# binpacking

This package contains greedy algorithms to solve two typical bin packing problems, (i) sorting items into a constant number of bins, (ii) sorting items into a low number of bins of constant size. Here's a usage example

```
>>> import binpacking
>>>
>>> b = { 'a': 10, 'b': 10, 'c':11, 'd':1, 'e': 2,'f':7 }
>>> bins = binpacking.to_constant_bin_number(b,4) # 4 being the number of bins
>>> print("===== dict\n",b,"\n",bins)
===== dict
{'a': 10, 'b': 10, 'c': 11, 'd': 1, 'e': 2, 'f': 7}
[{'c': 11}, {'b': 10}, {'a': 10}, {'f': 7, 'e': 2, 'd': 1}]
>>>
>>> b = list(b.values())
>>> bins = binpacking.to_constant_volume(b,11) # 11 being the bin volume
>>> print("===== list\n",b,"\n",bins)
===== list
[10, 10, 11, 1, 2, 7]
[[11], [10], [10], [7, 2, 1]]
```

Consider you have a list of items, each carrying a weight *w_i*. Typical questions are

- How can we distribute the items to a minimum number of bins
*N*of equal volume*V*? - How can we distribute the items to exactly
*N*bins where each carries items that sum up to approximately equal weight?

Problems like this can easily occur in modern computing. Assume you have to run computations where a lot of files of different sizes have to be loaded into the memory. However, you only have a machine with 8GB of RAM. How should you bind the files such that you have to run your program a minimum amount of times? This is equivalent to solving problem 1.

What about problem 2? Say you have to run a large number of computations. For each of the jobs you know the time it will probably take to finish. However, you only have a CPU with 4 cores. How should you distribute the jobs to the 4 cores such that they will all finish at approximately the same time?

The package provides the command line tool "binpacking" using which one can easily bin pack csv-files containing a column that can be identified with a weight. To see the usage enter

```
$ binpacking -h
Usage: binpacking [options]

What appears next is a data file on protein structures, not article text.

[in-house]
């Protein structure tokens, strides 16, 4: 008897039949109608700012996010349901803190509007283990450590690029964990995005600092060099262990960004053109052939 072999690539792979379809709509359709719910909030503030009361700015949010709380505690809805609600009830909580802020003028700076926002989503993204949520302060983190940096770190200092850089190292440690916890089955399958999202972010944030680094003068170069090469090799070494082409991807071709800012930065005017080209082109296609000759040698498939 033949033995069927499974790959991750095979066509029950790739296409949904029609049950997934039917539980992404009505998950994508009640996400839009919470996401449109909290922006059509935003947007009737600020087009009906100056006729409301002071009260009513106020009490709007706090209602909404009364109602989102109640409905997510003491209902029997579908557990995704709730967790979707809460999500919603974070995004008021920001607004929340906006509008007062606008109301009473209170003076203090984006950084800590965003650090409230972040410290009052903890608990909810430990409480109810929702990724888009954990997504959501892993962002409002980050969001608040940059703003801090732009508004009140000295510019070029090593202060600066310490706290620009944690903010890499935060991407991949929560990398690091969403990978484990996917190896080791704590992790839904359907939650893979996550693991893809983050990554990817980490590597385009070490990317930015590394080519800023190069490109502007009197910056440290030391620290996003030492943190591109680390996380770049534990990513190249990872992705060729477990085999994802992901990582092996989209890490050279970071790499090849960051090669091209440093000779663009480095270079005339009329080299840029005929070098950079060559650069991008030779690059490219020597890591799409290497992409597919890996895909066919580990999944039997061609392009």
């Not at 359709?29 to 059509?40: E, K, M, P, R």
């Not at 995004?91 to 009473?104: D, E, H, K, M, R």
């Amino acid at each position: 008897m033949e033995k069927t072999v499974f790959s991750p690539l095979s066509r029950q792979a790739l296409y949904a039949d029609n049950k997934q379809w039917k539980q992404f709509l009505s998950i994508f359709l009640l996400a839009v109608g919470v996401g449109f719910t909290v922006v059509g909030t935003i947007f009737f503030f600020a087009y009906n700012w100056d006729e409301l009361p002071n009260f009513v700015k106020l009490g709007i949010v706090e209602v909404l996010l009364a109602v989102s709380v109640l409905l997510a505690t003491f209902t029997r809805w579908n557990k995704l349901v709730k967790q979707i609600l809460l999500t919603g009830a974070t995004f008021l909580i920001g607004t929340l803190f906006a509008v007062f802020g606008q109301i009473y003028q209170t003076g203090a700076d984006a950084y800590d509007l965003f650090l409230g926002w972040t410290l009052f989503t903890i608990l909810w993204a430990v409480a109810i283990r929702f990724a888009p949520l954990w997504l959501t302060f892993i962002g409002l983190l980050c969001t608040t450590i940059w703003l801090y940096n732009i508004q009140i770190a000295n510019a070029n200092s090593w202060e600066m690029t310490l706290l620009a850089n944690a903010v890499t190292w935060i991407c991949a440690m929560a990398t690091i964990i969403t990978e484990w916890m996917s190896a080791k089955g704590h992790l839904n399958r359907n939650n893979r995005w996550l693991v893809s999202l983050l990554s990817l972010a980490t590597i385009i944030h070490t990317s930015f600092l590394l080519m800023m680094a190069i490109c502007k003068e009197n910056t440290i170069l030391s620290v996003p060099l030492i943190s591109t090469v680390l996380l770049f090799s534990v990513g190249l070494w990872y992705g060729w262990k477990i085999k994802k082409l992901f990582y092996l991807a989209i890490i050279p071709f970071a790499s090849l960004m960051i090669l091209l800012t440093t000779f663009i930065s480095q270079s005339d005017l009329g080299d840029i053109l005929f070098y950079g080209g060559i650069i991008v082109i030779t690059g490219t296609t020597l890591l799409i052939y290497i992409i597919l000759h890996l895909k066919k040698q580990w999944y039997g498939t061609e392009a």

Options:
-h, --help show this help message and exit
-f FILEPATH, --filepath=FILEPATH
path to the csv-file to be bin-packed
-V V_MAX, --volume=V_MAX
maximum volume per bin (constant volume algorithm will
be used)
-N N_BIN, --n-bin=N_BIN
number of bins (constant bin number algorithm will be
used)
-c WEIGHT_COLUMN, --weight-column=WEIGHT_COLUMN
integer (or string) giving the column number (or
column name in header) where the weight is stored
-H, --has-header parse this option if there is a header in the csv-file
-d DELIM, --delimiter=DELIM
delimiter in the csv-file (use "tab" for tabs)
-q QUOTECHAR, --quotechar=QUOTECHAR
quotecharacter in the csv-file
-l LOWER_BOUND, --lower-bound=LOWER_BOUND
weights below this bound will not be considered
-u UPPER_BOUND, --upper-bound=UPPER_BOUND
weights exceeding this bound will not be considered
```

## Install

```
$ pip install binpacking
```

## Examples

In the repository's directory

```
cd examples/
binpacking -f hamlet_word_count.csv -V 2000 -H -c count -l 10 -u 1000
binpacking -f hamlet_word_count.csv -N 4 -H -c count
```

in Python

```
import binpacking
b = { 'a': 10, 'b': 10, 'c':11, 'd':1, 'e': 2,'f':7 }
bins = binpacking.to_constant_bin_number(b,4)
print("===== dict\n",b,"\n",bins)
b = list(b.values())
bins = binpacking.to_constant_volume(b,11)
print("===== list\n",b,"\n",bins)
```